From 2010-16, Tennichi, 50, piloted the Ashiya University men’s team before joining the Storks. Now he’s back in familiar territory with his pro team among the league leaders in the latter stages of the season, and Tennichi is in his element making minor adjustments as the weeks roll on.
“When we started the season, our team was totally different from now,” he said, citing a few roster moves. “But our guys know how to run our offense and how to play zone defense, and also how to play one-on-one defense as a team.
“They have really developed themselves.”
With this progress, Tennichi said he likes his team’s chances of competing for the B2 title.
He agreed with the assessment that it’s a “pretty open race” for the inaugural championship.
“If we get at the top of this division, we can beat anyone,” said Tennichi, who has called former Los Angeles Lakers and the now-defunct JBL squad Panasonic’s bench boss Paul Westhead one of his most important mentors.
“We are really changing, we are really developing and improving ourselves, so we can beat anybody.”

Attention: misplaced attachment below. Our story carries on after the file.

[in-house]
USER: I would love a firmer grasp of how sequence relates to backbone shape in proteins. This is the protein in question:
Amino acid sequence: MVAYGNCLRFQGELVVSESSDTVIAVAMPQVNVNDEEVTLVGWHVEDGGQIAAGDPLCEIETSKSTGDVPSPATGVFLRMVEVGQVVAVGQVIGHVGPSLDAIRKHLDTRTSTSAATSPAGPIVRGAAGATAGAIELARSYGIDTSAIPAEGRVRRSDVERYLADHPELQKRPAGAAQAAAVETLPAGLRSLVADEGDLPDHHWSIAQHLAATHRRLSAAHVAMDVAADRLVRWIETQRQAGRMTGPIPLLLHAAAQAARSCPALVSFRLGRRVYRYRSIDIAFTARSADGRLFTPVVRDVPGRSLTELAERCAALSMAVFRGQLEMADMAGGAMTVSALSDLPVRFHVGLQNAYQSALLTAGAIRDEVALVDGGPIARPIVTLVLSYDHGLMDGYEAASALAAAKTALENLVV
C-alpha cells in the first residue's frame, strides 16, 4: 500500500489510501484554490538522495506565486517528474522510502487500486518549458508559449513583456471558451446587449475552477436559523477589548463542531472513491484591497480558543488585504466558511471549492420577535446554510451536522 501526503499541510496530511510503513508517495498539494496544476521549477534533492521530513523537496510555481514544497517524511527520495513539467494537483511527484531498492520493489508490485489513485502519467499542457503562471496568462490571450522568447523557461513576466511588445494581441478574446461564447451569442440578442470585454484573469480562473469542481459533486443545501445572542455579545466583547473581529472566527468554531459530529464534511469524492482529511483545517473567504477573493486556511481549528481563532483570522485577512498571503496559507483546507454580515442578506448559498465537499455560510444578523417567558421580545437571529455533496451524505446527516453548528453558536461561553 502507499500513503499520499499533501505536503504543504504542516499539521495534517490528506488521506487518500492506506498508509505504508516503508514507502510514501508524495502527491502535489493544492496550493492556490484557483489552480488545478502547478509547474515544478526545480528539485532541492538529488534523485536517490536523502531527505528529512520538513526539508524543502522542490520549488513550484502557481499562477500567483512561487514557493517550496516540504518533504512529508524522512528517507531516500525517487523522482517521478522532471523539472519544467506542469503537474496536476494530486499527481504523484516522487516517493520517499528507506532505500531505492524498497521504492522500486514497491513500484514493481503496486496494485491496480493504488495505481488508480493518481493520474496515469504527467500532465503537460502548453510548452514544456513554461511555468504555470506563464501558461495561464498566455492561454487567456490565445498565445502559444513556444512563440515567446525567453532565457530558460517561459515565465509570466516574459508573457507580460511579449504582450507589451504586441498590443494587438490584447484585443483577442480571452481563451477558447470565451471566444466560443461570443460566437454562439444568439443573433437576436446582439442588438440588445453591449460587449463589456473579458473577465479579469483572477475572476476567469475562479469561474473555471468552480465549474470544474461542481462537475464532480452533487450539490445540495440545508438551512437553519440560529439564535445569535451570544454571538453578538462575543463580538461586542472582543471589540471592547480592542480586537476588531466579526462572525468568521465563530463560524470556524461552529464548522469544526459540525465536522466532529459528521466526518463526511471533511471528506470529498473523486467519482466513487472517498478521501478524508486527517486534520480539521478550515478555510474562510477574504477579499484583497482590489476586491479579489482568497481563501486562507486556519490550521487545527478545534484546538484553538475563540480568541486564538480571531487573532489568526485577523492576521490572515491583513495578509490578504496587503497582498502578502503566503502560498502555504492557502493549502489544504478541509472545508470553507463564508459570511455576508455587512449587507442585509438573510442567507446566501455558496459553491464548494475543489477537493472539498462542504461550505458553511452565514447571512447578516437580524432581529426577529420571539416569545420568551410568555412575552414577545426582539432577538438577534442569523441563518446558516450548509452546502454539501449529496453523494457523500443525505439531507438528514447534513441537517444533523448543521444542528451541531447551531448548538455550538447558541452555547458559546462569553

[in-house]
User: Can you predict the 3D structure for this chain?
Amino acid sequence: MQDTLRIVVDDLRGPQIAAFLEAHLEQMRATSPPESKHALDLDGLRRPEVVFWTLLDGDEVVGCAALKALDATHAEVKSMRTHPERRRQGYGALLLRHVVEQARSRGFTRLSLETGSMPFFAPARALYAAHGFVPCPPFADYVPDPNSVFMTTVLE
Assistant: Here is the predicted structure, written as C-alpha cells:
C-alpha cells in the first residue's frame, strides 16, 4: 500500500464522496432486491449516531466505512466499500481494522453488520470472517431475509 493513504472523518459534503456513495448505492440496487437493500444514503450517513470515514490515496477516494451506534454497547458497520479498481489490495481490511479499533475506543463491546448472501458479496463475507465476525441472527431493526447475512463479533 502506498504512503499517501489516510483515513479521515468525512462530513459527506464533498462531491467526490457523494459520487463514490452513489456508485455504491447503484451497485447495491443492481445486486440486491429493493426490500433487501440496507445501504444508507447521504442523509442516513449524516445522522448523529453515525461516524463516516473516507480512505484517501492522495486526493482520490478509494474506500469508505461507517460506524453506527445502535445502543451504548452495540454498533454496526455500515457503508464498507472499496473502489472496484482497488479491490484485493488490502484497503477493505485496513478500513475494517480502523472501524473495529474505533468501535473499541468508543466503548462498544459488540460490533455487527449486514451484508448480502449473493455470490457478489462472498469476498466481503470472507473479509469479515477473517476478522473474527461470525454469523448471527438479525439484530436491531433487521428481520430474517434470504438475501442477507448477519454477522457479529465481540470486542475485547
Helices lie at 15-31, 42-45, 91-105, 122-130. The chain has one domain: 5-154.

But first things first. Tennichi is focused on getting his charges to achieve at a higher level.
“We have to really execute our plays on the offensive end and we stick to our roles on the defensive end,” he said. “When we play the 2-3 zone, we have some roles to play in the 2-3 zone, so we have to stick to it.
“At the offensive end, we have to really execute with (precise) angles and spacing. … But I think the most important thing is (focus on) ourselves, do our play.”
A talk with Michael Parker
Since his arrival in Japan to play for the Rizing Fukuoka a few weeks after the start of the 2007-08 season, Chiba Jets star Michael Parker’s all-around athleticism has been on display for decade, including stints with the Shimane Susanoo Magic, Wakayama Trians, and Toyota Alark (now known as the Alvark Tokyo) before joining his current club.